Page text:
These tidal bulges are always along the Earth-Moon line and the Earth rotates beneath the tidal bulge. When the part of the Earth where you are located sweeps under the bulges, you will notice a high tide; when it passes under one of the depressions, you experience a low tide. An ideal coast should experience the rise and fall of the tides twice a day. In reality, the tidal cycle also depends on the latitude of the site, the shape of the shore, winds, etc.
The Sun's gravity also produces tides that are about half as strong as the Moon's and produces its own pair of tidal bulges. They combine with the lunar tides. At new and full moon, the Sun and Moon produce tidal bulges that add together to produce extreme tides. These are called spring tides (the waters really spring up!). When the Moon and Sun are at right angles to each other (1st & 3rd quarter), the solar tides reduce the lunar tides and we have neap tides.
Over the course of time this effect can have a noticeable effect. Astronomers trying to compare ancient solar eclipse records with their predictions found that they were off by a significant amount. But when they took the slowing down of the Earth's rotation into account, their predictions agreed with the solar eclipse records. Also growth rings in ancient corals about 400 hundred million years old show that the day was only 22 hours long so that there were over 400 days in a year. In July 1996 a research study reported evidence, from several sedimentary rock records providing an indicator of tidal periods, that the day was only 18 hours long 900 million years ago.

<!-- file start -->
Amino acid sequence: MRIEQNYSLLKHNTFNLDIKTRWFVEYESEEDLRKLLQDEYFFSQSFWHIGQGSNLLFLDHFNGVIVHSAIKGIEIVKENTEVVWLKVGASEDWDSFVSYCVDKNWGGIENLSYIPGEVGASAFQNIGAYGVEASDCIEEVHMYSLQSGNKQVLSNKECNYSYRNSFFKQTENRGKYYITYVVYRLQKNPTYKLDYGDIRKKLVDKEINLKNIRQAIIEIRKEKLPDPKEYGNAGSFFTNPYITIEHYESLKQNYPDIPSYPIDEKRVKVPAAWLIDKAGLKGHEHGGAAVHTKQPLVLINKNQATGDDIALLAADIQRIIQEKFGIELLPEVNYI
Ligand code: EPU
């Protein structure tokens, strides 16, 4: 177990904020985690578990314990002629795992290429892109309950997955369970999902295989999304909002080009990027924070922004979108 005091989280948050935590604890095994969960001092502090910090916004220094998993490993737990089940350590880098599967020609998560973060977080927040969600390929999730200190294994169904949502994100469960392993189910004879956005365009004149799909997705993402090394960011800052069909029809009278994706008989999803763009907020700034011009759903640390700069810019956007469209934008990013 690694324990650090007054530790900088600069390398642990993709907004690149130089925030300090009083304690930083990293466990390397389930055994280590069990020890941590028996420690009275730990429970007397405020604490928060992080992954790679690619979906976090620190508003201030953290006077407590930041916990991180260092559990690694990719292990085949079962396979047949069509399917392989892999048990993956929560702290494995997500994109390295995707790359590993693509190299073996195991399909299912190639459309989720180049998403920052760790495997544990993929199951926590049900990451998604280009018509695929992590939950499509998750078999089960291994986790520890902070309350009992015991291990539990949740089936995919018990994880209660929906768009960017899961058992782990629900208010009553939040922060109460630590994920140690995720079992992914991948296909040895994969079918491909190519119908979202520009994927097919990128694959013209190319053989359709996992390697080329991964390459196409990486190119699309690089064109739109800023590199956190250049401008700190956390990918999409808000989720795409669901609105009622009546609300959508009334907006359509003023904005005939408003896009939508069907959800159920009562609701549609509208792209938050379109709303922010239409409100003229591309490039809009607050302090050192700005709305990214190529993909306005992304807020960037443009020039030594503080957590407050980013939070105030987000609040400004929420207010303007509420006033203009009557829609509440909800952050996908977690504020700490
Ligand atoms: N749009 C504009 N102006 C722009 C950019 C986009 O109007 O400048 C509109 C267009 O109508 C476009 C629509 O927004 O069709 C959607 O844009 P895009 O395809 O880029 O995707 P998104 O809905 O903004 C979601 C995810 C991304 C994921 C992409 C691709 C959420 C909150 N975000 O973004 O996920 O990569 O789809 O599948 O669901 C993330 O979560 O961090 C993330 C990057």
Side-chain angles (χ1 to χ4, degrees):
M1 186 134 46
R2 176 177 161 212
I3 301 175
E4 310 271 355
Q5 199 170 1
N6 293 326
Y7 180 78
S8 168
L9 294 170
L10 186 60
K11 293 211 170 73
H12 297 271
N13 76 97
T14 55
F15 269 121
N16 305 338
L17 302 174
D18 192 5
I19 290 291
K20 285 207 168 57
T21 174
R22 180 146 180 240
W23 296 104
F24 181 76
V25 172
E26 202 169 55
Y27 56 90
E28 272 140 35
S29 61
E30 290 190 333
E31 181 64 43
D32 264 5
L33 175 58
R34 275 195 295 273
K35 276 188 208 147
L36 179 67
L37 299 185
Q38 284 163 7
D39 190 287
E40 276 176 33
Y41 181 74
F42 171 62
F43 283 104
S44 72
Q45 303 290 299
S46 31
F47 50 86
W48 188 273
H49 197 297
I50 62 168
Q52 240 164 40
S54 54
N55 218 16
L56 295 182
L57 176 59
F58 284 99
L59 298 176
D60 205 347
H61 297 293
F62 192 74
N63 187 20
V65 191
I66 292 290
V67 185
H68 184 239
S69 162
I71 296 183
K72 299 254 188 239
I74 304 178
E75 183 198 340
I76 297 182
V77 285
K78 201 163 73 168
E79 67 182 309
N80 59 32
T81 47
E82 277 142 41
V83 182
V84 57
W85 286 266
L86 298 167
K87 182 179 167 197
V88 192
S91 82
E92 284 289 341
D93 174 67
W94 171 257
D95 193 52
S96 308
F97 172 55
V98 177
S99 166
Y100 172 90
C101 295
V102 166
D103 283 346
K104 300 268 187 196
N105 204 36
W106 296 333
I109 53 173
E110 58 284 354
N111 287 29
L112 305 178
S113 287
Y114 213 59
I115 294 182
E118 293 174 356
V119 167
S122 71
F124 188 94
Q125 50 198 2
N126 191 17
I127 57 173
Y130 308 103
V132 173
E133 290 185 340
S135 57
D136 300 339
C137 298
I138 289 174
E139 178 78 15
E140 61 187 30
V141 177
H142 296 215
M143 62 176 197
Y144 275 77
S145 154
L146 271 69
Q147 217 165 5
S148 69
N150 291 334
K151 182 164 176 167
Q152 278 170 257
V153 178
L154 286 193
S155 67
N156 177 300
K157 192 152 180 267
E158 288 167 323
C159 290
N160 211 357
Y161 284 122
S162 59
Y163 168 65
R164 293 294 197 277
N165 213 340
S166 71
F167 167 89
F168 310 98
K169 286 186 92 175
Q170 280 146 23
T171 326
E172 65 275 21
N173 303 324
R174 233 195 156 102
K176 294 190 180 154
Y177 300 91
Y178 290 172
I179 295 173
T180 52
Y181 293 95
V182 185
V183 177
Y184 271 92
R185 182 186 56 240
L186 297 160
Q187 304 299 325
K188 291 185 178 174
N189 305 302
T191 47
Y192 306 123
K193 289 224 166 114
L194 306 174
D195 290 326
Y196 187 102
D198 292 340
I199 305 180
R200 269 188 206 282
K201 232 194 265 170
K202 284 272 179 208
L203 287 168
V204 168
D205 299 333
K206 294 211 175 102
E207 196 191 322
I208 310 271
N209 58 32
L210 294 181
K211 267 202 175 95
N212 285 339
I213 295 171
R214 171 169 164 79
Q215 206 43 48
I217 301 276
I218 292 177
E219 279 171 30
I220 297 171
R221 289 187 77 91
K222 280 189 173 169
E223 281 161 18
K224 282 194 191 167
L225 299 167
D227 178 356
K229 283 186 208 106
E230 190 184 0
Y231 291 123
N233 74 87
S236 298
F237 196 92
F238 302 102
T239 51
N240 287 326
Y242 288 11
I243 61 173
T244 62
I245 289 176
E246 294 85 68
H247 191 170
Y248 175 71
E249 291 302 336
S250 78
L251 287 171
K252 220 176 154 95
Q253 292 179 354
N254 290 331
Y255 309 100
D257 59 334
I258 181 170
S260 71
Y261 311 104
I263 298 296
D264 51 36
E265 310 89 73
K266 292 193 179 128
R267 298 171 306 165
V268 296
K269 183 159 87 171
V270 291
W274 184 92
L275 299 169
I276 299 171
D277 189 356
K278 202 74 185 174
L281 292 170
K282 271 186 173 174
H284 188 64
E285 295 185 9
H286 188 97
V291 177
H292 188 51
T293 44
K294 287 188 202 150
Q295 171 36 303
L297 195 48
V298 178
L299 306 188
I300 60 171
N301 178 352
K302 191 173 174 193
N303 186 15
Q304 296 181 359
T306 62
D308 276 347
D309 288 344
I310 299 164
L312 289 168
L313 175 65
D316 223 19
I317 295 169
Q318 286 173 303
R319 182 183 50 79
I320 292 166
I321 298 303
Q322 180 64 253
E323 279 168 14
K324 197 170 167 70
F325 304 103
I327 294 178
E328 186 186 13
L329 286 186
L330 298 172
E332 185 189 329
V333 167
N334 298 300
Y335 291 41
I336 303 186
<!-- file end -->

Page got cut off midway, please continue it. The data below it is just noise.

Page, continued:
Eventually the Earth's rotation will slow down to where it keeps only one face toward the Moon. Gravity acts both ways so the Earth has been creating tidal bulges on the Moon and has slowed it's rotation down so much that it rotates once every orbital period. The Moon keeps one face always toward the Earth.
Several people have asked me for references about the evidence for the slowing down of the Earth's rotation so here's a list:
The consequence of the Moon's recession from the Earth because of the slowing down of the Earth's rotation is also an example of the conservation of angular momentum. Angular momentum is the amount of spin motion an object or group of objects has. It depends on the geometric size of the object or group of objects, how fast the object (or group of objects) is moving, and the mass of the object (or the group). The concept of angular momentum is discussed in the Angular Momentum web document and we will encounter the implications of angular momentum in several other topics in the course.
The slow spiralling out of the Moon means that there will come a time in the future when the angular size of the Moon will be smaller than the Sun's and we won't have any more total solar eclipses! Fifty billion years in the future the Earth day will equal 47 of our current days and the Moon will take 47 of our current days to orbit the Earth. Both will be locked with only one side facing the other--people on one side of the Earth will always see the Moon while people on the other side will only have legends about the Moon that left their pleasant sky.
|conservation of angular momentum||neap tide||spring tide|
If the Moon only passed through the outer part of the shadow (the penumbra) then the Moon observer would see the Sun only partially covered up---a partial solar eclipse. The Earth observer would see the Moon only partially dimmed-a partial lunar eclipse.